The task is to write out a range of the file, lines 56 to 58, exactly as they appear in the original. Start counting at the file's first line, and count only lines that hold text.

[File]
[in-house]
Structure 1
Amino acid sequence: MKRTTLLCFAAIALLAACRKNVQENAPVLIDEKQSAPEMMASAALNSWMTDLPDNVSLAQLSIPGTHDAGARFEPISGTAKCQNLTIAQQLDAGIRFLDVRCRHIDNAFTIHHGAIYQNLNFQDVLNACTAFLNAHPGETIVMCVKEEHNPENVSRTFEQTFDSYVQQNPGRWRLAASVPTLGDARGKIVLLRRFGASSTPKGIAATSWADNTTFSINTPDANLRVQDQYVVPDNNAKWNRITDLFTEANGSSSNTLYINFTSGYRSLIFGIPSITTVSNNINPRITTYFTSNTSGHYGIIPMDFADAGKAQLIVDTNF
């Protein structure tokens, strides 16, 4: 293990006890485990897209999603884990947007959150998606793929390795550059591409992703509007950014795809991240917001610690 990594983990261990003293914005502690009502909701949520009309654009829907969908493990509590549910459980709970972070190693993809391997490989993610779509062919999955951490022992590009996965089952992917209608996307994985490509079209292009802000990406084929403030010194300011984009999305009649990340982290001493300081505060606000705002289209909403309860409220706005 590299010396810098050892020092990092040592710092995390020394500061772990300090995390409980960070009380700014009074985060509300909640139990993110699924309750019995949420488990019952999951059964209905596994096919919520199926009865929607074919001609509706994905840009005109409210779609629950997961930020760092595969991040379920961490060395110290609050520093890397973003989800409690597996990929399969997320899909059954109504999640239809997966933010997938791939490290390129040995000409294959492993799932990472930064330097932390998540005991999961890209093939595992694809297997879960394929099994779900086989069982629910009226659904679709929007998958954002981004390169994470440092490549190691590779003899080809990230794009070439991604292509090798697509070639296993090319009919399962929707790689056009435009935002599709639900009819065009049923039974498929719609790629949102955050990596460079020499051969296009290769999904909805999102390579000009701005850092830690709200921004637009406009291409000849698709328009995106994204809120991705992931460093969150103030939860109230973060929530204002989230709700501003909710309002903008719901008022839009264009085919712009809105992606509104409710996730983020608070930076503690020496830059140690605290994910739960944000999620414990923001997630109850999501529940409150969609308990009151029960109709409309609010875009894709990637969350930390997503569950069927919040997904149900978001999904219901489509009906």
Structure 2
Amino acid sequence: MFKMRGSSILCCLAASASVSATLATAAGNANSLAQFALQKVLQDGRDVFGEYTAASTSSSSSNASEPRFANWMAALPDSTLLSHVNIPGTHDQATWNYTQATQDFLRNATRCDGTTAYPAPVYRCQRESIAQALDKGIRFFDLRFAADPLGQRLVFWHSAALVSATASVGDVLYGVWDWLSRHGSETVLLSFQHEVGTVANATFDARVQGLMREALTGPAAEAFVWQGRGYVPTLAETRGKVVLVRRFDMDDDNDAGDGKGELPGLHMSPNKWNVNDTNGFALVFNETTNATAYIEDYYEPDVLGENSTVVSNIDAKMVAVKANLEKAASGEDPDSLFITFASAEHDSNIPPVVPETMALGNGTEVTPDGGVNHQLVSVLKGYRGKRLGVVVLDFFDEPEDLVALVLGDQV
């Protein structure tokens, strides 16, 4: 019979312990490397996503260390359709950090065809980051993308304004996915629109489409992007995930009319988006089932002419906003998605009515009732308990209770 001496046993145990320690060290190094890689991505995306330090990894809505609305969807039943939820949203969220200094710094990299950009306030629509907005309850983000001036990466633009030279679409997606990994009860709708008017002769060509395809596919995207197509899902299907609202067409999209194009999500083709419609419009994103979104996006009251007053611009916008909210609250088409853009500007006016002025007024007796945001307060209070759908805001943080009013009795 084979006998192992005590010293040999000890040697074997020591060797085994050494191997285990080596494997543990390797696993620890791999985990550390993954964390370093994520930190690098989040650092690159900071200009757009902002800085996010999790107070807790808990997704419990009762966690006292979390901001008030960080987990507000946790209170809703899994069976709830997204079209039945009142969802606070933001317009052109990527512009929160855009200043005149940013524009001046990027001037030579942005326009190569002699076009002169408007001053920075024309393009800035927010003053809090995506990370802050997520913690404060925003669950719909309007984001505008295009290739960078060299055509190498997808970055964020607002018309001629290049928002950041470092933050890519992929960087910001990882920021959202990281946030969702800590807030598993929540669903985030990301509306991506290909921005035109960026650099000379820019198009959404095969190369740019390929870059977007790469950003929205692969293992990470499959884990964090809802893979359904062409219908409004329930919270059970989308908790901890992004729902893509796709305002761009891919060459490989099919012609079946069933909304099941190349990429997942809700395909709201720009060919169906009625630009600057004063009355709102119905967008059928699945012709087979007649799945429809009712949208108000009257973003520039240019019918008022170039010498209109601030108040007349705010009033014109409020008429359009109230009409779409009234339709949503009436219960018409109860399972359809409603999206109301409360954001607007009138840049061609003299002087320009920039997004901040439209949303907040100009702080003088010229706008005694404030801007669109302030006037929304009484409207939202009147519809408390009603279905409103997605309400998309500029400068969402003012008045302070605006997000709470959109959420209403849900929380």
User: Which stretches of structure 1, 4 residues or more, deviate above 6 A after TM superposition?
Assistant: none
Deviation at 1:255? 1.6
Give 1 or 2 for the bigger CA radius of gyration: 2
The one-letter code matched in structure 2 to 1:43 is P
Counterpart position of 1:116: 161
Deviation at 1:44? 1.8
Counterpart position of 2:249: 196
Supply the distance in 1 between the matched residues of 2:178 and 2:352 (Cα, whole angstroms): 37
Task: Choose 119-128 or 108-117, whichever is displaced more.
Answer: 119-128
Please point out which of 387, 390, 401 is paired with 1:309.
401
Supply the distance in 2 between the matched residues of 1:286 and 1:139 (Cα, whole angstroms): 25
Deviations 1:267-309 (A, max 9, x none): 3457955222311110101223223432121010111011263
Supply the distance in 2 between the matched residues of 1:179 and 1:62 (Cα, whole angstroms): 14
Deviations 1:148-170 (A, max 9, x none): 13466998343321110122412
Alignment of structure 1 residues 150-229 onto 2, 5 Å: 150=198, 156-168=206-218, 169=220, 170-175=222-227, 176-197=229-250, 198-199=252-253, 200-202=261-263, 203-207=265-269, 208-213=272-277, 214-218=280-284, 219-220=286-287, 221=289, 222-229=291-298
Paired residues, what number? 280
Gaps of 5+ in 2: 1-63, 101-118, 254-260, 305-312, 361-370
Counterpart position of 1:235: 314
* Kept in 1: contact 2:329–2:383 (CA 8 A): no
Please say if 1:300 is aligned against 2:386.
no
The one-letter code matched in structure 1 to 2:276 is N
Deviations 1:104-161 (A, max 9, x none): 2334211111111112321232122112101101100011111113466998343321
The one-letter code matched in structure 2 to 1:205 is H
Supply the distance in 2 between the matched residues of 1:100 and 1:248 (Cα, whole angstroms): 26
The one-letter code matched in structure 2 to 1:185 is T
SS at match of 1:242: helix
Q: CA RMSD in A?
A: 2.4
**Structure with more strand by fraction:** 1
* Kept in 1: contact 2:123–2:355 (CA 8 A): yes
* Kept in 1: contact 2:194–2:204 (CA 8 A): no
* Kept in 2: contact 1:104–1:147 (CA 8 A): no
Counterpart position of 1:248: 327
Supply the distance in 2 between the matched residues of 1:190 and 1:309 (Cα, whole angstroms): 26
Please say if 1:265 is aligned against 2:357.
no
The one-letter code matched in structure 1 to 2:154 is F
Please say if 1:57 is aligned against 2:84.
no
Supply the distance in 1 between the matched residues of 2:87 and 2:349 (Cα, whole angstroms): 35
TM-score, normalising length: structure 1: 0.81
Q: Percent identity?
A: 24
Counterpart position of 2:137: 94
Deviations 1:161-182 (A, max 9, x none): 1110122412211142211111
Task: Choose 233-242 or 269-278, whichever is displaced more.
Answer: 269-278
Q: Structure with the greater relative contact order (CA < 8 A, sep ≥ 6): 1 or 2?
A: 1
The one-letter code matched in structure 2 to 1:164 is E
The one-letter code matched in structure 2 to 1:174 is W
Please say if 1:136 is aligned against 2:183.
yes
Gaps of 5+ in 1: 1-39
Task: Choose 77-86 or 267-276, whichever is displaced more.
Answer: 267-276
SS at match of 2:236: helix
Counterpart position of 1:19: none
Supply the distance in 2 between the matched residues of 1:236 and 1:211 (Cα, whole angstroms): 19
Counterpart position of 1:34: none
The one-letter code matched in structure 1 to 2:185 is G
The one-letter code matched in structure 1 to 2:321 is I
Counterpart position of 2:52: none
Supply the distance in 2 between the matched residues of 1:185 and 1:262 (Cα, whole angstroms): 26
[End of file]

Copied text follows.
Deviations 1:161-182 (A, max 9, x none): 1110122412211142211111
Task: Choose 233-242 or 269-278, whichever is displaced more.
Answer: 269-278